The most common solution is either a couple of ball-type checks or a ball-type shuttle, but other designs (e.g. spool type) are possible. As you can imagine, these valves "smash about" all day long from one seat to the other, which often results in wear of the die-cast body that houses the ball or spool. After many thousands of hours the shuttle literally "eats away" its housing, making a cavity sometimes several times as big as the original. Then several outcomes are possible. Either the ball falls into the new cavity blocking or obstructing the servo pressure supply, or, which is more common for spool-type shuttles, the spool places itself sideways in the widened cavity, and the shuttle becomes a tee, connecting the high pressure to the pilot pressure supply (thus creating a high-pressure leak through the pilot pressure relief valve).

Recently I repaired three AA11VLO250 pumps from a Caterpillar excavator. All three had this problem. You can see the shuttle here:

The pictures don't show this, but take my word for it - you wouldn't believe how deep the small spool "dug into" the cast body, finally placing itself sideways. If such a problem is not detected during disassembly, there is a chance it will not be detected during bench tests. If a technician opts for a test with the boost pressure port plugged (enough to check the rotary group efficiency) the pump will pass the test with distinction. If a technician opts to connect the boost pressure port to a pilot pressure supply, he might confuse the decrease of flow at the outlet, caused by oil escaping through the malfunctioning shuttle and then through the pilot pressure limiter, with the torque limiting function of the displacement control. There will be no excessive case drain flow, so there will be no doubts about the good efficiency of the rotary group. The pump will pass the test, go to the machine, and then face "its majesty unexplained overheating!" Then the consequent troubleshooting will be based on the fact that there is no problem with the recently overhauled pump, and then... Well, let's say the future isn't bright...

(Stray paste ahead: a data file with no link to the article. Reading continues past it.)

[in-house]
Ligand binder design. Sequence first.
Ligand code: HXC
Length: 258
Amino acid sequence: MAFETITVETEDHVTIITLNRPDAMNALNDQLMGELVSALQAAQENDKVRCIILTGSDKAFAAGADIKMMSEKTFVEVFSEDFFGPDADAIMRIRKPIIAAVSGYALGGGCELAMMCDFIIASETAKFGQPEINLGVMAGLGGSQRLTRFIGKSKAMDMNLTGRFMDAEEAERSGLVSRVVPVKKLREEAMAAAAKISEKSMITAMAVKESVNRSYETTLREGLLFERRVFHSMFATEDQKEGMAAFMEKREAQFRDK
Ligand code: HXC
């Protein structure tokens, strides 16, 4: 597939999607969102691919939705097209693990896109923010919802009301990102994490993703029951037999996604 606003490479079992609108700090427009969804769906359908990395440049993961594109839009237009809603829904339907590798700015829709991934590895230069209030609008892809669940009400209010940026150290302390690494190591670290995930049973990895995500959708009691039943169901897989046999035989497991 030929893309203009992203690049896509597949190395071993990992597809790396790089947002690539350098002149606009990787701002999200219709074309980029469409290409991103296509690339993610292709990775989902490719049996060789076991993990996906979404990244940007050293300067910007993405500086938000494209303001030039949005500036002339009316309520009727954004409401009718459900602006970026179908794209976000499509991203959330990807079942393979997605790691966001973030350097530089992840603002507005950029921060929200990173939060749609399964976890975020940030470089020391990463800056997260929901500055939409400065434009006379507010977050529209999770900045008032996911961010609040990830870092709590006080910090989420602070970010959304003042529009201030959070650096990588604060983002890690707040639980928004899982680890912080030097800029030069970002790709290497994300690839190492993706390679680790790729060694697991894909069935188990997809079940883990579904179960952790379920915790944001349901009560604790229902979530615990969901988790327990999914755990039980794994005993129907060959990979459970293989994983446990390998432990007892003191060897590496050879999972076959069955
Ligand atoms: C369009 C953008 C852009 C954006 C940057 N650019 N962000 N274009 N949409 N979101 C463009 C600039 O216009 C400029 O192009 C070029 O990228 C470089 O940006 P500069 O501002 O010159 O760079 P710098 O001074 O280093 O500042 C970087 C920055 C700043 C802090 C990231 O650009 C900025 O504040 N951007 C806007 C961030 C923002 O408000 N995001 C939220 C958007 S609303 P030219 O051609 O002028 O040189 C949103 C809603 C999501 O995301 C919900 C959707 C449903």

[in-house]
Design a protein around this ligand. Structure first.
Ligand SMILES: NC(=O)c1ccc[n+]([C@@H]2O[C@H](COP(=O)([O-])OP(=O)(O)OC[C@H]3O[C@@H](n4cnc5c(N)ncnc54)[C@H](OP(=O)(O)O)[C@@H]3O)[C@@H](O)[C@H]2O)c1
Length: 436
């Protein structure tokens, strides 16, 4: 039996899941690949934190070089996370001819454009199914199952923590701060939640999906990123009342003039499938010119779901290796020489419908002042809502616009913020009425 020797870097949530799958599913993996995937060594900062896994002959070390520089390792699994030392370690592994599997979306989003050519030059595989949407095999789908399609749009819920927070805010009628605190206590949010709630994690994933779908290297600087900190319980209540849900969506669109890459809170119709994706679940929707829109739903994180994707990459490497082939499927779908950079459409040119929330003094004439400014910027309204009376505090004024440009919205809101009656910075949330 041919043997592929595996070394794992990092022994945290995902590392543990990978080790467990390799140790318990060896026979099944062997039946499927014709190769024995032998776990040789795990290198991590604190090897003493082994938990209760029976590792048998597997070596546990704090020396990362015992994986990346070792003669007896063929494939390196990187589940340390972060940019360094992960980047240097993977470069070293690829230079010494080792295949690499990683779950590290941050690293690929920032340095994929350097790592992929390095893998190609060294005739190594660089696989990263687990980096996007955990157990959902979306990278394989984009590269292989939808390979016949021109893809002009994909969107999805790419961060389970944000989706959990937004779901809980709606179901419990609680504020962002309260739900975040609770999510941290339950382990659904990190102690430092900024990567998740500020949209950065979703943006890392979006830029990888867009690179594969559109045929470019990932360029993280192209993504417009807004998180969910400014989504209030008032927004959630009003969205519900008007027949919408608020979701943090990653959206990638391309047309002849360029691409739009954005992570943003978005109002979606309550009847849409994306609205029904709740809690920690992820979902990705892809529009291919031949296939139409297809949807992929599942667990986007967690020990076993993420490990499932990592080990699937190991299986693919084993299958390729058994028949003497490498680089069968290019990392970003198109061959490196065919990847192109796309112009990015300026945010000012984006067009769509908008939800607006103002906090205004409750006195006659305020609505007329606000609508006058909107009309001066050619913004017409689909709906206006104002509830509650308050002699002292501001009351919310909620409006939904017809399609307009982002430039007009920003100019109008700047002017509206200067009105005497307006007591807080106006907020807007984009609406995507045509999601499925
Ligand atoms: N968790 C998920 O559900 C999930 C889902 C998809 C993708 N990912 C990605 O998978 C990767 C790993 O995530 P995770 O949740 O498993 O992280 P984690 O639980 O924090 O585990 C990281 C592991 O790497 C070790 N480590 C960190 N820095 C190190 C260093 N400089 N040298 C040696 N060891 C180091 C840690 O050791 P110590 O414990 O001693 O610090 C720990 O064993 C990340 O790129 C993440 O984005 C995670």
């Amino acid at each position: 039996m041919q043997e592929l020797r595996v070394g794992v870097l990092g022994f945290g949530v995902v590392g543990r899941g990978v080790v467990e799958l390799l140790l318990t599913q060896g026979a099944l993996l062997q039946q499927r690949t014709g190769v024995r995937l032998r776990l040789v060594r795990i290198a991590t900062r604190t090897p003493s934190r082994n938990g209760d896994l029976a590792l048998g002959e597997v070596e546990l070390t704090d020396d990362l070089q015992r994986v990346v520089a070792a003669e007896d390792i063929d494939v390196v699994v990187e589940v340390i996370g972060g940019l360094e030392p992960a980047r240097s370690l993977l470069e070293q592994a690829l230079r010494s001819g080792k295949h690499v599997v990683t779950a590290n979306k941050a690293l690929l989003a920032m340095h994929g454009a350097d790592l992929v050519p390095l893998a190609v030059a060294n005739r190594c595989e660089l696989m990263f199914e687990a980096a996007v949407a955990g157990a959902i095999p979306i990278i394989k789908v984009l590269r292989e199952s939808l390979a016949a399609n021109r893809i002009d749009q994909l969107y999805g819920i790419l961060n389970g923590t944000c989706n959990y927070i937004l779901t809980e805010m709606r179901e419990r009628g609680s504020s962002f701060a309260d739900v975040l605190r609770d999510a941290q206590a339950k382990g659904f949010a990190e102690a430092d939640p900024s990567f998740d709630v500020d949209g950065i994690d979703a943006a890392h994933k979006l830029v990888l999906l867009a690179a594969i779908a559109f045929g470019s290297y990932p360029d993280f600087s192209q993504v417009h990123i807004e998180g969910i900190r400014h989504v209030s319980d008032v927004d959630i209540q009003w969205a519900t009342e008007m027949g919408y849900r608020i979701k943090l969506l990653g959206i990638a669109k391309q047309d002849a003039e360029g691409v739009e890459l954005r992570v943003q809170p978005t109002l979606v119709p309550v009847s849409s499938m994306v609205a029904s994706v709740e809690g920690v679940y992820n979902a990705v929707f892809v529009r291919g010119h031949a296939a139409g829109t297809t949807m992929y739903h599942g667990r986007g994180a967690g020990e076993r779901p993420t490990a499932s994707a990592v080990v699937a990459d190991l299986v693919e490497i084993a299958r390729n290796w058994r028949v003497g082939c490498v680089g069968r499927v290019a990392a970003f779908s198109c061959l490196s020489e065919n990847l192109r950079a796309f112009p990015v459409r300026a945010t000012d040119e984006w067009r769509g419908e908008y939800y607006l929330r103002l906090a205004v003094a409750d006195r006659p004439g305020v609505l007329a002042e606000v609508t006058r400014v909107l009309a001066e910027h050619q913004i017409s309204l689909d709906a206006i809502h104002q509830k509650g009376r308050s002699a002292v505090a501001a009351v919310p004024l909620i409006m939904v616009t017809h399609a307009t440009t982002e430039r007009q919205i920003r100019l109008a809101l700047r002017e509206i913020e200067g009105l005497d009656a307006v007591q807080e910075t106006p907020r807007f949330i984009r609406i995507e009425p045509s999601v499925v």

Such a problem can be easily solved by machining the cavity and applying a small cartridge-type shuttle valve, of which there are plenty on the market. Other "on the knee" solutions are possible, like applying an external non-return valve, which at least will prevent the high-pressure oil from entering the pilot side till you find a "more technical" solution. Although the pilot oil will still partially escape through the broken shuttle to the pressure side when the outlet pressure drops.

Here you can see the same system in a Liebherr LPVD pump control, that uses two check valves:

As you can see, the high-pressure side check ball has machined a nice round cavity, which it then plugged completely, resulting in control malfunction (no high-pressure limiter function). A possible solution is machining the seat and applying a smaller ball with a guiding sleeve:

Always check the schematic (when available) before evaluating a control's condition, if you see that the control has a servo pressure boost system, make sure to look for and check the shuttle. 

Servo pressure boost system operation depends on the correct function of a very simple component - a shuttle valve, which, while simple and robust, is subject to wear. Checking the shuttle valve condition is a quick step that mustn't be skipped, as the consequences of not detecting a malfunctioning boost pressure shuttle can be very, very expensive.